Goat's Milk Is A Healthy Alternative To Cow's Milk
Relatively new to the milk market, goat’s milk has been gaining some serious popularity in the western world, and for good reason. Goat’s milk offers an entirely different set of nutrients than cow’s milk and is molecularly closer to human’s milk, which means those unable to tolerate cow’s milk might fare well with that of a goat. In fact, Americans may be behind the times in adopting goat’s milk as over 72% of the milk used around the world comes from goats.
Fat: One of the most significant differences between cow and goats milk is the size of fat molecules. Goat’s milk has significantly smaller lipid molecules than cow’s milk, making it more digestible and homogenized (meaning there is no cream separation, as there is in cow’s milk). This also means that goat’s milk usually has a higher fat content, due to the difficult process involved in making low-fat versions. However, much of this “extra” fat is really, really good stuff. Goat’s milk is higher in essential fatty acids, which are important for cognitive (brain memory and performance) and behavioral function. Another bonus of this type of fat? It keeps you full for longer making you less likely to overeat.
Protein: Milk is an excellent and easily digestible form of protein, which is one of the main reasons we love to drink so much of the white stuff. When comparing the protein content of cow’s milk and goat’s milk, goat’s milk has 8.7 grams of protein (17.4% of the daily value for protein) in one cup versus cow's milk, which provides 8.1 grams or 16.3% of the DV for protein.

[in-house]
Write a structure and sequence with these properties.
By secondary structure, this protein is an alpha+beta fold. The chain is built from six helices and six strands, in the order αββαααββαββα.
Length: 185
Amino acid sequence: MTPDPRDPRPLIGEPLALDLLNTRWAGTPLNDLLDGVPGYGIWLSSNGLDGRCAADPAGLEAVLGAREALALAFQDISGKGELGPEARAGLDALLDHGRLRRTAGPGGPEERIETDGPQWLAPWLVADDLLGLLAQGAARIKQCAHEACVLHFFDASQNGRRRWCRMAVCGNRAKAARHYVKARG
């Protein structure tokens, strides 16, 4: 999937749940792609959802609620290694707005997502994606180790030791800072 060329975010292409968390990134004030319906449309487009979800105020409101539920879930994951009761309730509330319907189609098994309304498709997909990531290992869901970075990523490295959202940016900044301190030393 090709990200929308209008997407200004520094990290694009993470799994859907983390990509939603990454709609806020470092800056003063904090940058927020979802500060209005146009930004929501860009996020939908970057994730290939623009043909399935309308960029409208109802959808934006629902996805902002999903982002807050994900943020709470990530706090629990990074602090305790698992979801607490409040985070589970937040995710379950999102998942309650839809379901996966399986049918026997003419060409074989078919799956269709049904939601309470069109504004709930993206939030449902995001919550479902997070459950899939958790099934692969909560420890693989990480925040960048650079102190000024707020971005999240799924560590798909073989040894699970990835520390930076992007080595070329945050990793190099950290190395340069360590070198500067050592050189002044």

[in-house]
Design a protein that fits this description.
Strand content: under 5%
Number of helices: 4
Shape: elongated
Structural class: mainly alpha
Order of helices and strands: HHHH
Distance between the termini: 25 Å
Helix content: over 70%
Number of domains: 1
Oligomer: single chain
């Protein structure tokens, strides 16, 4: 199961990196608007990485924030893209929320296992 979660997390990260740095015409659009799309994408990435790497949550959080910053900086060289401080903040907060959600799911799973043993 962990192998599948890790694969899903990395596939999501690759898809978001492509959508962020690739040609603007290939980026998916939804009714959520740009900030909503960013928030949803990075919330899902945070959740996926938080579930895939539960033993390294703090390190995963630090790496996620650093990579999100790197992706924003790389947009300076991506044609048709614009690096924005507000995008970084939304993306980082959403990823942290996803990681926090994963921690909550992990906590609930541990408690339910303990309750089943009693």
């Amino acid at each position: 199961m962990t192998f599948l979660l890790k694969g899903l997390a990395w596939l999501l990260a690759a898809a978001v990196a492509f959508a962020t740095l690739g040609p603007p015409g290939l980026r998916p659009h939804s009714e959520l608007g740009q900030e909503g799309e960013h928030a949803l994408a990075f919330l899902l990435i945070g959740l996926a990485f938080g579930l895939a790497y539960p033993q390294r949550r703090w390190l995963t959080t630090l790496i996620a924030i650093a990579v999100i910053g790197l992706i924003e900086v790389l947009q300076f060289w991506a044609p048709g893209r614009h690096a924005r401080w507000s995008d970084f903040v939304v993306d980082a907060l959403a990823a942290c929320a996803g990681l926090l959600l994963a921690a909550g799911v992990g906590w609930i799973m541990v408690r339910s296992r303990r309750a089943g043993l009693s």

Vitamins and Minerals: Goat and cows milk have very similar vitamin and mineral content, in terms of the actual elements present but each boasts different amounts of each nutritional benefits. Some of these naturally healing elements include calcium, bone-building phosphorus, memory-boosting vitamin B-12, and muscle-easing potassium. When we compare the levels of each of these minerals, one milk comes out slightly ahead…you guessed it, goat. A cup of goat's milk supplies 32.6% of the daily value for calcium along with 27.0% of the DV for phosphorus. In comparison, a cup of cow's milk provides 29.7% of the DV for calcium and 23.2% of the DV for phosphorus.
Cost and Availability: Every grocery store and gas station in America has milk. It is practically its own food group! However, tracking down this particular dairy item can be a bit tricky. Most health food stores carry it, and more and more “conventional” grocers are catching onto the American goat trend but often with a hefty price tag. A gallon of regular organic milk costs roughly $4.00-7.00. A gallon of goat’s milk will set you back $6.00 - 9.00. Ouch. However, in many states it is legal to purchase goat milk straight from the farm at an often reduced price. We suggest perusing your local craigslist pages or want ads for goat milk advertisements.
Score:Goat: 3, Cow: 1. Not even close! Goat’s milk reigns supreme in all facets of daily nutritional value. However, with a higher price than traditional cow’s milk, making the switch to goat’s milk may take some additional grocery budgeting. The good news is that as goat’s milk gains popularity, the price should decrease while the number of retailers increases. Until then, go for the goat if you can!